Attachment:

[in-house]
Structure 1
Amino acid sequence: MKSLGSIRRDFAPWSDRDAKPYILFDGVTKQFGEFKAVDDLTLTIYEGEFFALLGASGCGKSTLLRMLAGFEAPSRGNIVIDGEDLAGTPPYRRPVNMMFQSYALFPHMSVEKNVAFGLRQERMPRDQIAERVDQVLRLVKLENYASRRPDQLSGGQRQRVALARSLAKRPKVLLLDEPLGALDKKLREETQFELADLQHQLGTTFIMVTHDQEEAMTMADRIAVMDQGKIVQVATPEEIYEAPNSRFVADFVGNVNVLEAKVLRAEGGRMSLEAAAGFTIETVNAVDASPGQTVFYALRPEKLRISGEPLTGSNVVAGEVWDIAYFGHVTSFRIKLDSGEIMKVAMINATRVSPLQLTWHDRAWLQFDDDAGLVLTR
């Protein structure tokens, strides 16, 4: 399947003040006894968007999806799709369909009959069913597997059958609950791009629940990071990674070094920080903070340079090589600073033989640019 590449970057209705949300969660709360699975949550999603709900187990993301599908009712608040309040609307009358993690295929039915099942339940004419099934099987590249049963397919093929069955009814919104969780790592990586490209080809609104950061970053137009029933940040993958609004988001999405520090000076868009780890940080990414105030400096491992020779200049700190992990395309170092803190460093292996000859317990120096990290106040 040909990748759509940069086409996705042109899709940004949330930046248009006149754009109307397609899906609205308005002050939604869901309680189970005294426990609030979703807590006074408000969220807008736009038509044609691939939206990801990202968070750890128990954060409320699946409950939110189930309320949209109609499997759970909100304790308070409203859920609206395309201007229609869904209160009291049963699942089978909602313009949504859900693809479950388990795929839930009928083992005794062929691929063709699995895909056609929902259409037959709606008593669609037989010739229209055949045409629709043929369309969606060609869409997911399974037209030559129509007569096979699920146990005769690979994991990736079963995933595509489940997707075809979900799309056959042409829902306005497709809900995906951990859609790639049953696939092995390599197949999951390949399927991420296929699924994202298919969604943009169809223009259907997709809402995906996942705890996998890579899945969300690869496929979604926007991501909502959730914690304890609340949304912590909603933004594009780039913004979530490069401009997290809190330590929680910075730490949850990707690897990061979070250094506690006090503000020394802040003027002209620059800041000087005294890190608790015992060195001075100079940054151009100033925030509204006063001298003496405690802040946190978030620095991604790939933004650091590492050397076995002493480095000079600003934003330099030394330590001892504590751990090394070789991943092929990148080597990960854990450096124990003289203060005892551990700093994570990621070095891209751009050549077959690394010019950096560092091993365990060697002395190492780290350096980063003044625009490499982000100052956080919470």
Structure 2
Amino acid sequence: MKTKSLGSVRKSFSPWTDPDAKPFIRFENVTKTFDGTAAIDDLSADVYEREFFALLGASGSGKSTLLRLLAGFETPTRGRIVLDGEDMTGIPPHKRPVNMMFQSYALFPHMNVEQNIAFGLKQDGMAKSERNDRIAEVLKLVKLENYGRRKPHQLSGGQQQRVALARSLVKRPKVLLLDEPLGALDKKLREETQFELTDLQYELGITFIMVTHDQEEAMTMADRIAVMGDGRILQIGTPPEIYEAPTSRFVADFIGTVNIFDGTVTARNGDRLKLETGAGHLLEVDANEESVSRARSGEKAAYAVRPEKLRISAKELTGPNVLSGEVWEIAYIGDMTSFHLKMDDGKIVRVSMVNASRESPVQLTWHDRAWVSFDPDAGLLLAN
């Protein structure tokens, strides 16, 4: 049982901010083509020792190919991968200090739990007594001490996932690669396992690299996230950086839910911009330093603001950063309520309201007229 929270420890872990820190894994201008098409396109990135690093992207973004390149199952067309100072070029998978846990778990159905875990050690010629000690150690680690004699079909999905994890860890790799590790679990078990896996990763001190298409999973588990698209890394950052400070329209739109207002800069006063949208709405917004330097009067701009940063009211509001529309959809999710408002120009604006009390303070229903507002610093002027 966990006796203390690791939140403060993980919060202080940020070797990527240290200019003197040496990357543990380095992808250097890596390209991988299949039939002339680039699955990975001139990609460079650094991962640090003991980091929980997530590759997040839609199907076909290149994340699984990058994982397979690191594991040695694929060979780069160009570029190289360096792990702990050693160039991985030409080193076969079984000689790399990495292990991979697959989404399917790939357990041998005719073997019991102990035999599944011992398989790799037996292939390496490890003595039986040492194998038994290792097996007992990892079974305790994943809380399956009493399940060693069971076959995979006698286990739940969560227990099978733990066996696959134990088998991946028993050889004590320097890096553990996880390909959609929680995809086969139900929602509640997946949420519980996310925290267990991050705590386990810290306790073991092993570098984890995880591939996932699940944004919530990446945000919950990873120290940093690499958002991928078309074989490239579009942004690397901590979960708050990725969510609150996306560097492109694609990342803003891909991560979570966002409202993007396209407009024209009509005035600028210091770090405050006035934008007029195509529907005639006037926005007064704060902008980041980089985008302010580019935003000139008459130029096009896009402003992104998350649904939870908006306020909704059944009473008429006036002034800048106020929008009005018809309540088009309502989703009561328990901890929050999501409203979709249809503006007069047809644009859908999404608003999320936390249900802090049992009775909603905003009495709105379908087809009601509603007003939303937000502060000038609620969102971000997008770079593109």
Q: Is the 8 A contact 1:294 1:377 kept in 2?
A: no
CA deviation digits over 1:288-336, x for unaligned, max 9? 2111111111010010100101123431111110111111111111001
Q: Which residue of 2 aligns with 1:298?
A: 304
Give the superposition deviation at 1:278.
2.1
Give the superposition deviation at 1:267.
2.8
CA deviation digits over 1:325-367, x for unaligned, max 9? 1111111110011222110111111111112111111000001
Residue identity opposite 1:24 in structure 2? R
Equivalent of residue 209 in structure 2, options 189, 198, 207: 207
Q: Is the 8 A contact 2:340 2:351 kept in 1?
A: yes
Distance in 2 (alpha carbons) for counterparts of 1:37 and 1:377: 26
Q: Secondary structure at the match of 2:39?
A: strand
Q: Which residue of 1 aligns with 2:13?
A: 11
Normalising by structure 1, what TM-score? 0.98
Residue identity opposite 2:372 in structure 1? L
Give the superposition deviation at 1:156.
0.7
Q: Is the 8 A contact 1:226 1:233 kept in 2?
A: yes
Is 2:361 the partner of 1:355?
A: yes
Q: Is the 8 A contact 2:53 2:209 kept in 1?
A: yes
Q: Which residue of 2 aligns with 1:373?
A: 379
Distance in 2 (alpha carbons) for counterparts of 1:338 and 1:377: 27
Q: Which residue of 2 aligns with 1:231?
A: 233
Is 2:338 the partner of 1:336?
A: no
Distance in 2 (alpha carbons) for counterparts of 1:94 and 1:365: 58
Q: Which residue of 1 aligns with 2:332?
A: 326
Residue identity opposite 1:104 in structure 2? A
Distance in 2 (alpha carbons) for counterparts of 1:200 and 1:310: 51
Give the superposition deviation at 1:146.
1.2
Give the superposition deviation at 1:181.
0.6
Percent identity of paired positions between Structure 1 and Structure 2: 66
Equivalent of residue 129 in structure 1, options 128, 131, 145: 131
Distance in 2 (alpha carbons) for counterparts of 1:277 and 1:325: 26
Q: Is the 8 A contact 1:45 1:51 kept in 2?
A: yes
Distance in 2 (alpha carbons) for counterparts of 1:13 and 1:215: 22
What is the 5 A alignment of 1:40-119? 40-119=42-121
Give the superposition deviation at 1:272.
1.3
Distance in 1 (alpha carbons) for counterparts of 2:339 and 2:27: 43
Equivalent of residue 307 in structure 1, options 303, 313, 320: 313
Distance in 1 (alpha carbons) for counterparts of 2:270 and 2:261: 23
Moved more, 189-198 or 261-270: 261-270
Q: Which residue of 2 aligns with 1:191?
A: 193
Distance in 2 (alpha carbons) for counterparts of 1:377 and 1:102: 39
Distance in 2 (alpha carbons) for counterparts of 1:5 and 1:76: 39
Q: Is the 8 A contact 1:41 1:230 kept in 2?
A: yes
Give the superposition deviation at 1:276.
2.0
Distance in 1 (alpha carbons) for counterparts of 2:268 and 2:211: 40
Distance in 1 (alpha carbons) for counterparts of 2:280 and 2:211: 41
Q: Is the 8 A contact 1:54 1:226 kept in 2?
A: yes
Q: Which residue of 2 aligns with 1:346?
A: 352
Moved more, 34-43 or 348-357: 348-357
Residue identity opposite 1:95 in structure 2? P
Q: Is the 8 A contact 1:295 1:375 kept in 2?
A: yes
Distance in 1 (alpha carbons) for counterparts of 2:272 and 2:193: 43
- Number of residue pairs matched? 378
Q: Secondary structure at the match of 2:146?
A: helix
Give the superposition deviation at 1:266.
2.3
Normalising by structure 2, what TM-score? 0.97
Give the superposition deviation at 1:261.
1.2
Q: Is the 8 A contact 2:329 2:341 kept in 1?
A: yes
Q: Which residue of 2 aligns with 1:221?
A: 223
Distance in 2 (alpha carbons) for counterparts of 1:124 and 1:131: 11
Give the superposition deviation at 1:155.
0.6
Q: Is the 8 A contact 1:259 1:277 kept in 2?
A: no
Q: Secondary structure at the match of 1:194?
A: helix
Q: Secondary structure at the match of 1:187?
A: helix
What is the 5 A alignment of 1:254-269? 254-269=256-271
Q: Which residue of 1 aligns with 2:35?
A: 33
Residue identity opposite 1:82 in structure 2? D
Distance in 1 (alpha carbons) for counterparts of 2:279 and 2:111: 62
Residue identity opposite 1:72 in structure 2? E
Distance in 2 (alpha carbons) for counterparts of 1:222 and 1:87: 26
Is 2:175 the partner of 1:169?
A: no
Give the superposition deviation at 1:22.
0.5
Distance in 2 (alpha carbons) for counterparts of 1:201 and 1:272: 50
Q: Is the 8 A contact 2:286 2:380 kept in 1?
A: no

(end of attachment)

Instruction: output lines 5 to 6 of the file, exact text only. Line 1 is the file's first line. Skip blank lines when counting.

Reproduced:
Structure 2
Amino acid sequence: MKTKSLGSVRKSFSPWTDPDAKPFIRFENVTKTFDGTAAIDDLSADVYEREFFALLGASGSGKSTLLRLLAGFETPTRGRIVLDGEDMTGIPPHKRPVNMMFQSYALFPHMNVEQNIAFGLKQDGMAKSERNDRIAEVLKLVKLENYGRRKPHQLSGGQQQRVALARSLVKRPKVLLLDEPLGALDKKLREETQFELTDLQYELGITFIMVTHDQEEAMTMADRIAVMGDGRILQIGTPPEIYEAPTSRFVADFIGTVNIFDGTVTARNGDRLKLETGAGHLLEVDANEESVSRARSGEKAAYAVRPEKLRISAKELTGPNVLSGEVWEIAYIGDMTSFHLKMDDGKIVRVSMVNASRESPVQLTWHDRAWVSFDPDAGLLLAN